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Development of the Tasmanian Winegrape Vineyard

In a relatively short period of time, Tasmania has developed a reputation for its ability to produce high-quality still and sparkling wines.  Anyone unconvinced by this statement should try, for example, Eileen Hardy Chardonnay 2010 or Jansz Brut NV to get some appreciation of the high quality production potential from this cool climate region.

Tasmania-Vineyard-GrowthThe Tasmanian vineyard has expanded considerably since 1993.  Then the bearing area as reported by the Australian Bureau of Statistics (ABS) was only 177 ha, but their latest report suggests that this had expanded to 1,229 ha by 2012.  Wine Tasmania has released their own vineyard data which suggests that the total vineyard area for Tasmania in 2013 was 1,538 ha.  (There are some inconsistencies between these two datasets which are currently being investigated.)

Tasmania-Rainfall-Temp-vineSince Tasmania has a pronounced topographic relief with mountains reaching above 1,500 m, vineyard plantings have so far been restricted to alluvial plains and valleys.  The prevailing westerlies are responsible for western Tasmania receiving most of the rainfall, having lower temperatures and making it unsuitable for winegrowing.

Tasmania-Vineyard-Regions-m The largest winegrowing region of Tasmania is the Tamar Valley, situated in northeastern Tasmania with ca. 500 ha – about one third of the island’s vineyards.  The East Coast, North East and Coal River Valley regions each have 250 – 300 ha.

Tasmania-vineyard-area-by-cBlack and white grape cultivars have been planted at approximately the same rate so the vineyard area of black and white cultivars has remained roughly equal for the past twenty years.

Tasmania-Vineyard-VarietalsBlack winegrape cultivars are dominated by Pinot Noir.  Chardonnay is the leading white cultivar, but with a less dominant position.  The remaining white vineyard consists mainly of roughly equal amounts of Riesling, Pinot Gris and Sauvignon Blanc.

In contrast with many other parts of Australia where vineyard area is being reduced, the current demand for high quality Tasmanian grapes exceeds supply.  This has led the Tasmanian State Governement to encourage new planting and to seek overseas investment. This will likely lead to additional vineyard planting – but care will be needed to ensure that Tasmanian grape supply does not leap ahead of demand.


Napa Valley Vineyard Development

In 1981, Napa Valley became the first area of California to be designated an American Viticultural Area (AVA). It currently contains ~10% of California’s vineyard area and is probably America’s best known wine region.

Napa-Winegrape-Vineyard-AreThe reported vineyard area of Napa Valley in 1990, according to USDA NASS, totalled 33,194 ha, of which 84.2% were bearing.  Additional vineyard planting reached a peak in the late 1990s, but since 2006 the total vineyard has plateaued at around 46,000 ha.

Napa-Black-Vineyard-AreaThe path to 46,000 ha has been brought about by quite distinct planting histories for black and white winegrape cultivars.  Black cultivars totalled 18,053 ha (81% bearing) in 1990 and increased in every year up until 2006 when a maximum of 35,174 ha (96% bearing) was reported.  Since then the black vineyard has plateaued at just under 35,000 ha, with only very small amounts of non-bearing acreage.  With Napa vines typically being replaced after 20-30 years, the current low levels of planting will need to enhanced if a decline of the black vineyard area is to be avoided.

Napa-White-Vineyard-AreaWhite winegrape cultivars totalled 15,141 ha (88% bearing) in 1990 and have been in consistent decline until 2005 when a low of 10,482 ha (97% bearing) was reported.  Since then they have reportedly plateaued at close to 11,000 ha, but again with non-sustainable amounts of non-bearing vines.

Napa-Vineyard-by-ColourThe overall effect of these differing histories has been for Napa Valley to move from a vineyard which comprised 54% black cultivars in 1990, to one in where in 2006 they comprised 77% ot the total vineyard.  Since then the ratio of black to white cultivars has remained more or less unchanged suggesting, perhaps, that winegrowers are content with the current cultivar mix.  The current low level of non-bearing vineyard implies that unless additional vines are planted soon a decline in the productive vineyard area is inevitable.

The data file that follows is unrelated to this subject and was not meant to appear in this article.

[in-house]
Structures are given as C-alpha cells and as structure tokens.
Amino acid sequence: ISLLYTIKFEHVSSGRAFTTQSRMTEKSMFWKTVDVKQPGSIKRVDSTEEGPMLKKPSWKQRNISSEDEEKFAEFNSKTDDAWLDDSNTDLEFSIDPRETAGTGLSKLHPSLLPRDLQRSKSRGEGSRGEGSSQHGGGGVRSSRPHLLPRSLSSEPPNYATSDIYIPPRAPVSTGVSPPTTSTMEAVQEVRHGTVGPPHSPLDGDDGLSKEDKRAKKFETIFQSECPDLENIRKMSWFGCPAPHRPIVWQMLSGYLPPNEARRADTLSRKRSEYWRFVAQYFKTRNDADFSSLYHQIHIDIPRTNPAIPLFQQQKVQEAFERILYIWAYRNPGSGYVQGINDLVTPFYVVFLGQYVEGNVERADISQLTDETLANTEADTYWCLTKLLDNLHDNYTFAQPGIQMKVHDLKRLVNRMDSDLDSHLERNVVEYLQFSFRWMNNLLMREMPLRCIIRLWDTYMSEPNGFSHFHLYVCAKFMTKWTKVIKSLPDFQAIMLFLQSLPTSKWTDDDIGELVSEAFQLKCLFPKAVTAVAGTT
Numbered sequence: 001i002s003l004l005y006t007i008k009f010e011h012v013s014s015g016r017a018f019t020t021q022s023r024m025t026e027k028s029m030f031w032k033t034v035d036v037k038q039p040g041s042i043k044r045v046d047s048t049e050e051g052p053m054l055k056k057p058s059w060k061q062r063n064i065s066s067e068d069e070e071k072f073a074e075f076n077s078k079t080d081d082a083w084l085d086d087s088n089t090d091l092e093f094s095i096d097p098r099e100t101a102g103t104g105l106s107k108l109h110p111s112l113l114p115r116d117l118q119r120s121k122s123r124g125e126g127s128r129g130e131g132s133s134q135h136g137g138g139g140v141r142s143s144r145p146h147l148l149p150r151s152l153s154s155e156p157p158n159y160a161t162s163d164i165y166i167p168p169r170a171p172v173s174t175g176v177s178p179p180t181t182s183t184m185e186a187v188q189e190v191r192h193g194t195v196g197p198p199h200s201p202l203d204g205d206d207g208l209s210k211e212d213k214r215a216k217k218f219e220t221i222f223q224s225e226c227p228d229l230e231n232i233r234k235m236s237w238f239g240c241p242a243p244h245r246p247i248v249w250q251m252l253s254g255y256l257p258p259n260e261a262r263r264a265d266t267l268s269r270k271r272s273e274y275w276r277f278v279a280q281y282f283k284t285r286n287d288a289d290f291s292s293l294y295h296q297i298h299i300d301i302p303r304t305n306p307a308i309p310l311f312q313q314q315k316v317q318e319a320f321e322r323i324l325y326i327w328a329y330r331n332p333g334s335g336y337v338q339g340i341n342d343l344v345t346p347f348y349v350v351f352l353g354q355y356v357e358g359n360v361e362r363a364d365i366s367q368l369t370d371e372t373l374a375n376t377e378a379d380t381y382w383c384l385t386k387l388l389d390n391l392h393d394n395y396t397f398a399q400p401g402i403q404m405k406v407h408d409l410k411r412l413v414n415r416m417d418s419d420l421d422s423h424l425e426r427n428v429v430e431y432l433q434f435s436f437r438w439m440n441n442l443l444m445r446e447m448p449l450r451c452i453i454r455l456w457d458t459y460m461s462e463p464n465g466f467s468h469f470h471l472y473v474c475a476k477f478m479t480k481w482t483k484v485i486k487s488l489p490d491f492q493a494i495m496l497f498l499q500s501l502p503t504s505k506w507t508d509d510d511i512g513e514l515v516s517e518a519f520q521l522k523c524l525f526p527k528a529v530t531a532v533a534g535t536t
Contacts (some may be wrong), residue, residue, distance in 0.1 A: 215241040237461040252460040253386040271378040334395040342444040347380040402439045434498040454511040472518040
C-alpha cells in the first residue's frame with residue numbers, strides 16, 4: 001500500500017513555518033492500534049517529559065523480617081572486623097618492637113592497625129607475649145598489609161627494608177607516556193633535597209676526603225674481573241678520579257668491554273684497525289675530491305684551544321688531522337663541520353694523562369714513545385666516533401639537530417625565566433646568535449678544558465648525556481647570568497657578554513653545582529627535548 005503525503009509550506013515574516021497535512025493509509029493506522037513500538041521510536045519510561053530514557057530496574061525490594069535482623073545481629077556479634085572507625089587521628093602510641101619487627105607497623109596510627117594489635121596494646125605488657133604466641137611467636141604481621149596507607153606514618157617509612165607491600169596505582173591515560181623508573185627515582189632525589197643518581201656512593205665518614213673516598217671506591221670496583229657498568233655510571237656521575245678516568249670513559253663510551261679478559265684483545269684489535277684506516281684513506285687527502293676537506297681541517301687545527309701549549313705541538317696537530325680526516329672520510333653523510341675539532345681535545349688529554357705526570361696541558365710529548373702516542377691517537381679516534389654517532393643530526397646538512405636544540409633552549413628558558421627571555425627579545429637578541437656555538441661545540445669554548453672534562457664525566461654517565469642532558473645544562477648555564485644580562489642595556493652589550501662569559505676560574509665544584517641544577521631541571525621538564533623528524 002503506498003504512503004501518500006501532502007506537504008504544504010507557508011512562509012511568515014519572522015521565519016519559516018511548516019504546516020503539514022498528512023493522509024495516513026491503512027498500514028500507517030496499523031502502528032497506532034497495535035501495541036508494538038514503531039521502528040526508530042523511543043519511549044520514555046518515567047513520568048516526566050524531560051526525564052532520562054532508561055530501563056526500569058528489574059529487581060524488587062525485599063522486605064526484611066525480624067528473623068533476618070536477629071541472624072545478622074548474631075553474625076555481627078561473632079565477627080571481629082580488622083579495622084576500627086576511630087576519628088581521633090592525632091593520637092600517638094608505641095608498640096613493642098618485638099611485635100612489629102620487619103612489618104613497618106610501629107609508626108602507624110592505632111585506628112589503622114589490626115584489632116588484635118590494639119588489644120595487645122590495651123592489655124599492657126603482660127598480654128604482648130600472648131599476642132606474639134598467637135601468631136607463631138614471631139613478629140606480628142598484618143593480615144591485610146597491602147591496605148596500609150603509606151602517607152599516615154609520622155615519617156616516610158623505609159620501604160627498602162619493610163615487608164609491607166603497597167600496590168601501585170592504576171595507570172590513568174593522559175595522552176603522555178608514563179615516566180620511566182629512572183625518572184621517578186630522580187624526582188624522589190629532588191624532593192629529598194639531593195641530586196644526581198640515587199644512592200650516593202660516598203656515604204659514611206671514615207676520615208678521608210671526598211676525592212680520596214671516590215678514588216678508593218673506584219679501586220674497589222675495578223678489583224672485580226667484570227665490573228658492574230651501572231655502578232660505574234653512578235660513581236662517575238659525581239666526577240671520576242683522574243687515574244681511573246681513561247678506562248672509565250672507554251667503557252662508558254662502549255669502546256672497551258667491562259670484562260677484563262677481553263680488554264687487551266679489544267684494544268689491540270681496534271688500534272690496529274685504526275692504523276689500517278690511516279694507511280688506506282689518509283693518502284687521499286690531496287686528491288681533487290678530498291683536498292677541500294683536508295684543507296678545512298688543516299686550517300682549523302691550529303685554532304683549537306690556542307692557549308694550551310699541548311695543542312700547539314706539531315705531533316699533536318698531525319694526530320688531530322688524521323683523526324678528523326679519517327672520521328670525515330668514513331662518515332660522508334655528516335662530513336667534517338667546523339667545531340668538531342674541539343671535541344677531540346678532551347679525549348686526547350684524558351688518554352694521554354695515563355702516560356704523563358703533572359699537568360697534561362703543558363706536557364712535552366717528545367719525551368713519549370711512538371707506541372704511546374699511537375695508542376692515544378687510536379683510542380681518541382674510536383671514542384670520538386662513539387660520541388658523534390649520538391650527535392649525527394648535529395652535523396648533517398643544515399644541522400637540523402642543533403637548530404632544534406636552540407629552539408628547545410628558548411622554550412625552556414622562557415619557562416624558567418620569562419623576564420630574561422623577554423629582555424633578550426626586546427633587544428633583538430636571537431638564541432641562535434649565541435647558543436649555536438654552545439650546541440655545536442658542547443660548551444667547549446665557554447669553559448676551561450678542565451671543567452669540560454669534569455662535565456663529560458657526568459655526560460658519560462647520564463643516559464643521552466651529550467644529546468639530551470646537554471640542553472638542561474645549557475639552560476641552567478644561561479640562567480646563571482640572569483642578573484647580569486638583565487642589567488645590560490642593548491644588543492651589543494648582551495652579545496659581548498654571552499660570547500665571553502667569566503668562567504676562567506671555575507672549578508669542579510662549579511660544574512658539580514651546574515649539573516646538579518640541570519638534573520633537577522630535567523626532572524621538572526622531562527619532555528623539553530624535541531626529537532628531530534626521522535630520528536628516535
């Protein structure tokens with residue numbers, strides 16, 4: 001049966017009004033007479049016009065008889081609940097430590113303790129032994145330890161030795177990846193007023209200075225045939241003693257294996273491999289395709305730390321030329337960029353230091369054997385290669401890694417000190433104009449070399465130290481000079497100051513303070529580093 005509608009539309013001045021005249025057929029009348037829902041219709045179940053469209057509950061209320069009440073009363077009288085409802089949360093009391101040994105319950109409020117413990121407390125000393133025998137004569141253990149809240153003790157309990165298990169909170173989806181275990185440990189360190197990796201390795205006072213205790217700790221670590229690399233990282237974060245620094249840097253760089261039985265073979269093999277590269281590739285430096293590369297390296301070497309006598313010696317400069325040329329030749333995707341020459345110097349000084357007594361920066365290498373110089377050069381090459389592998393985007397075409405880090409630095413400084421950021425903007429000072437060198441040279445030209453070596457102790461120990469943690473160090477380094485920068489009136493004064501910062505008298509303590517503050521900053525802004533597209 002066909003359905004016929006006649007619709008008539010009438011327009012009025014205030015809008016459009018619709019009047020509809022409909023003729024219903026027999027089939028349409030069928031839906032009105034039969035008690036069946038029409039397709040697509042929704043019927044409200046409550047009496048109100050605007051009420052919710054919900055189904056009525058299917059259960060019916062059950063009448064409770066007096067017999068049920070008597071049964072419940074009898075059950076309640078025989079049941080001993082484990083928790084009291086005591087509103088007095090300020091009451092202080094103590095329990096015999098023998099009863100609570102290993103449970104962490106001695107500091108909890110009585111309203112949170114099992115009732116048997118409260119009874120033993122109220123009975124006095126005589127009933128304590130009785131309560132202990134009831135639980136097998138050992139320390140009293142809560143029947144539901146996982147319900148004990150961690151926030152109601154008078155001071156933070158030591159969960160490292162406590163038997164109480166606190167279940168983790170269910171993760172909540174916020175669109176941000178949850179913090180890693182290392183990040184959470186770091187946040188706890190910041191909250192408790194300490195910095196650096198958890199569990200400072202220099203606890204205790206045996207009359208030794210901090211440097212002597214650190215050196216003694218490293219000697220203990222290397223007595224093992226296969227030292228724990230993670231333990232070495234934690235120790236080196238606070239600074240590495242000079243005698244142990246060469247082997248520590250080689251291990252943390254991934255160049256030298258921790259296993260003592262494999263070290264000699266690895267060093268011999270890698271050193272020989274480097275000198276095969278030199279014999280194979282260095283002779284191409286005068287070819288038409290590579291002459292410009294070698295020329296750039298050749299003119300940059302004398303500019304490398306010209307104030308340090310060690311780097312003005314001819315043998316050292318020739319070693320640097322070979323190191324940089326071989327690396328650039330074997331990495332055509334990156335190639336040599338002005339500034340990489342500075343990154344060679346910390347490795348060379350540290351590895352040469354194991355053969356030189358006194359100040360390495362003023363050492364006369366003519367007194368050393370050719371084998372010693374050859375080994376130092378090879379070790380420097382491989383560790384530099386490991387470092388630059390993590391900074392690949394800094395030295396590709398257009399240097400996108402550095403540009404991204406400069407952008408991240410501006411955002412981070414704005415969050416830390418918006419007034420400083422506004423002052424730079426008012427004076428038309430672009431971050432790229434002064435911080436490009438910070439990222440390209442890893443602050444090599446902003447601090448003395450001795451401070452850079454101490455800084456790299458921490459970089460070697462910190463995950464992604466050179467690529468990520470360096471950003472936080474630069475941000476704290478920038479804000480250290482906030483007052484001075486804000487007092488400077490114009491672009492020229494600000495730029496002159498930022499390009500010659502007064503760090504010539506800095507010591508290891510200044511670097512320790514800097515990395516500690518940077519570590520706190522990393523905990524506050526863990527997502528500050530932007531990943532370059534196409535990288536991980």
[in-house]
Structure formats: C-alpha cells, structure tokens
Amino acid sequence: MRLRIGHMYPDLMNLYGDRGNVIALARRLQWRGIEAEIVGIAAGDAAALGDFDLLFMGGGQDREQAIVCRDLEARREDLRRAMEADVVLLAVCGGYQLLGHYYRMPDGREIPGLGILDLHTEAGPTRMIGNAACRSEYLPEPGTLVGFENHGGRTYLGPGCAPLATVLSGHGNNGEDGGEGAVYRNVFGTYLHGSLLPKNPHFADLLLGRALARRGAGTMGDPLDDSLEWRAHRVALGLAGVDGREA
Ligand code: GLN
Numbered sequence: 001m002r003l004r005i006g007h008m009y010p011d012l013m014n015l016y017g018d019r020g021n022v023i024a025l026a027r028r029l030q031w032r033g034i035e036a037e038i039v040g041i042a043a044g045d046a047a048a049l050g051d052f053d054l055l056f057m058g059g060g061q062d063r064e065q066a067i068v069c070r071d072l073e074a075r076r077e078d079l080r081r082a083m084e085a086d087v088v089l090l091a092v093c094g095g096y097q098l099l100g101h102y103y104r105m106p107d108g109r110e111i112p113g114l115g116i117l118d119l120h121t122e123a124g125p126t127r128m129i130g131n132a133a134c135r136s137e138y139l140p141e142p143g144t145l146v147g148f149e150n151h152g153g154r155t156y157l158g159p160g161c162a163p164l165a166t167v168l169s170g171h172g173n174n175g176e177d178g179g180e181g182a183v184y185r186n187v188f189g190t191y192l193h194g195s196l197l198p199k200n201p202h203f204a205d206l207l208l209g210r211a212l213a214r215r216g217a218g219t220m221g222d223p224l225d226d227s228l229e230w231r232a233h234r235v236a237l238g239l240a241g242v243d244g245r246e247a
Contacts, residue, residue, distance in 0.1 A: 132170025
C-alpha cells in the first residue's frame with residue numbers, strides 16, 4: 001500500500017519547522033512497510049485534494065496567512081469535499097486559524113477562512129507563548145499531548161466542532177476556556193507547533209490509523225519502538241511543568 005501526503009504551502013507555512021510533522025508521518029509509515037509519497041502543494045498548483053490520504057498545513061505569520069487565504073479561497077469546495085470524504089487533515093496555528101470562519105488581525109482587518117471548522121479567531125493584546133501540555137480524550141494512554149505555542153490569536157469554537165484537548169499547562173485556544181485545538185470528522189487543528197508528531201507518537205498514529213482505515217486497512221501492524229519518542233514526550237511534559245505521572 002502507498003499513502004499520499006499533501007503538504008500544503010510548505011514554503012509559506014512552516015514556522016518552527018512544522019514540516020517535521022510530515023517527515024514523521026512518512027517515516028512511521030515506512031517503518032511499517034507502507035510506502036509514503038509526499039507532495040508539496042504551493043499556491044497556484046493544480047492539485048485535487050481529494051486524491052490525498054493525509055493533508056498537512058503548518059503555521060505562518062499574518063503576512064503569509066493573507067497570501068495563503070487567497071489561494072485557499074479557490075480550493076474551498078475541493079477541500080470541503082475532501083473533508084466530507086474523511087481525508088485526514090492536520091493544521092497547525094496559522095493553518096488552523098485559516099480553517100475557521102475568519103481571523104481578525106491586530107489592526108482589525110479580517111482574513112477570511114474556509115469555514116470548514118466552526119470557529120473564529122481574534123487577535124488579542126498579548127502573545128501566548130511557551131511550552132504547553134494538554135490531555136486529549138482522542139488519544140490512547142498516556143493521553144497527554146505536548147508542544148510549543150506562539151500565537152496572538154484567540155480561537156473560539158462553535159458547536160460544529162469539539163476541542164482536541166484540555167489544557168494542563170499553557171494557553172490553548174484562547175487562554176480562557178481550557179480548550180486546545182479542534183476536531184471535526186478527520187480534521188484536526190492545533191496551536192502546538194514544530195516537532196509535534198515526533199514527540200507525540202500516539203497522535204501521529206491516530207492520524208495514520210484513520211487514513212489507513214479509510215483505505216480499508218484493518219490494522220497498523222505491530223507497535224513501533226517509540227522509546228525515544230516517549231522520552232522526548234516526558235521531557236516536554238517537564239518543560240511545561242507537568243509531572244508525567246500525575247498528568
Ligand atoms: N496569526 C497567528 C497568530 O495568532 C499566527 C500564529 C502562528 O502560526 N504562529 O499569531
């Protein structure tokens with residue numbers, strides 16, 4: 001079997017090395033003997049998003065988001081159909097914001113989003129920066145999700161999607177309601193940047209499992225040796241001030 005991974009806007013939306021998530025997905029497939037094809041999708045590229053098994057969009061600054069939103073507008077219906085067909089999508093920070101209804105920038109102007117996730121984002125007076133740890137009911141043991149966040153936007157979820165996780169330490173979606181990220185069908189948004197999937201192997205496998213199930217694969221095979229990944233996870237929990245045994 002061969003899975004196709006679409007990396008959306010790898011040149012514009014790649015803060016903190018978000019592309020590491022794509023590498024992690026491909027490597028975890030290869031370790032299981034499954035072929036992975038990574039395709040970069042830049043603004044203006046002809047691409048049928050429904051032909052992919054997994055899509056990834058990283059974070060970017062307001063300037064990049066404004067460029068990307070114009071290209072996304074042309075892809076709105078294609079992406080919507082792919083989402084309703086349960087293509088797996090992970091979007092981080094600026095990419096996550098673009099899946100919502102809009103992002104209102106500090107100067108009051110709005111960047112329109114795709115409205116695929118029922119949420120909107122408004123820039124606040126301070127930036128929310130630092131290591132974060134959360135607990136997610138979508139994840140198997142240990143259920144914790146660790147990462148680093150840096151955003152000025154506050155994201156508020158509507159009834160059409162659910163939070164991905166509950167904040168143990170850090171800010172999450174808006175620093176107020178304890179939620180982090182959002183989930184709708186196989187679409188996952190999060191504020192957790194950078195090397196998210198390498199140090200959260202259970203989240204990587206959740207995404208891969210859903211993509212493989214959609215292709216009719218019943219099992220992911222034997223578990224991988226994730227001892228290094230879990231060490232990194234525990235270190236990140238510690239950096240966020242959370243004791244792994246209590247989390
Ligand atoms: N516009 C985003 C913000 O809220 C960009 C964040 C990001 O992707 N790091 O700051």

Compositional Changes to the Vineyard of England & Wales

The vineyard area of England & Wales has increased every year since 2004 according to official figures in the UK Vineyard Registry which is maintained by the Food Standards Agency.

UK-Vineyard-Planting-cyclesFor 2012, the total vineyard area of England & Wales was estimated to be 1,438 ha, of which 90% was bearing. The vineyard expansion which has occurred in the current cycle since 2004 differs from previous plantings in several key aspects.  These include the scale of investment, rate of planting and increased use of technology to map soils and ensure precise planting patterns.  Yet the most important and long-lasting change is in the choice of cultivars that have been planted.

UK-Top-5-varietalsIn 2004 the UK’s most planted cultivar was the hybrid varietal Seyval Blanc (94 ha) followed by the German crossing Reichensteiner (89 ha).  Plantings of Chardonnay at that time were a mere 36 ha.  Fast forward to 2013 and Chardonnay has become the UK’s most planted cultivar with 327 ha, closely followed by Pinot Noir with 307 ha.  The spectacular growth of these two cultivars follows the recognition of the very high quality potential of the English sparkling wine category.  Almost all recent investment into the English wine industry has been directed towards sparkling wine and the cultivars of choice are those used so successfully in Champagne.

UK-Vineyard-Varietals-2004-Whereas Chardonnay and Pinot Noir made up 13% of the UK’s vineyard in 2004, by 2013 they occupied 44% of a much larger national vineyard.  The English wine industry is very much nailing its colours to the mast of sparkling wine and, judging by the quality from producers such as Nyetimber, Ridgeview and Camel Valley, this looks to be a very sound move indeed.


Five Things Worth Knowing About the Texas Wine Industry

Texas wine is not very well known outside of the Lone Star State and there is precious little awareness of it outside of the US.  This may be about to change as increased investment, the entry of new entrepreneurs and more suitable cultivars are moving the industry forward.  So with exciting times ahead, here are five things worth knowing now about the Texas Wine Industry.

1.  The Number of Texas Wineries is Increasing Rapidly

Texas-Wineries According to the Texas Wine & Grape Growers Association, in January 2013 there were 273 registered wineries in Texas.  Ten years previously there were only 54. Expansion of the number of Texas wineries has really taken off since the beginning of the 21st century.

2. Texas Grape Production Has Not Increased This Century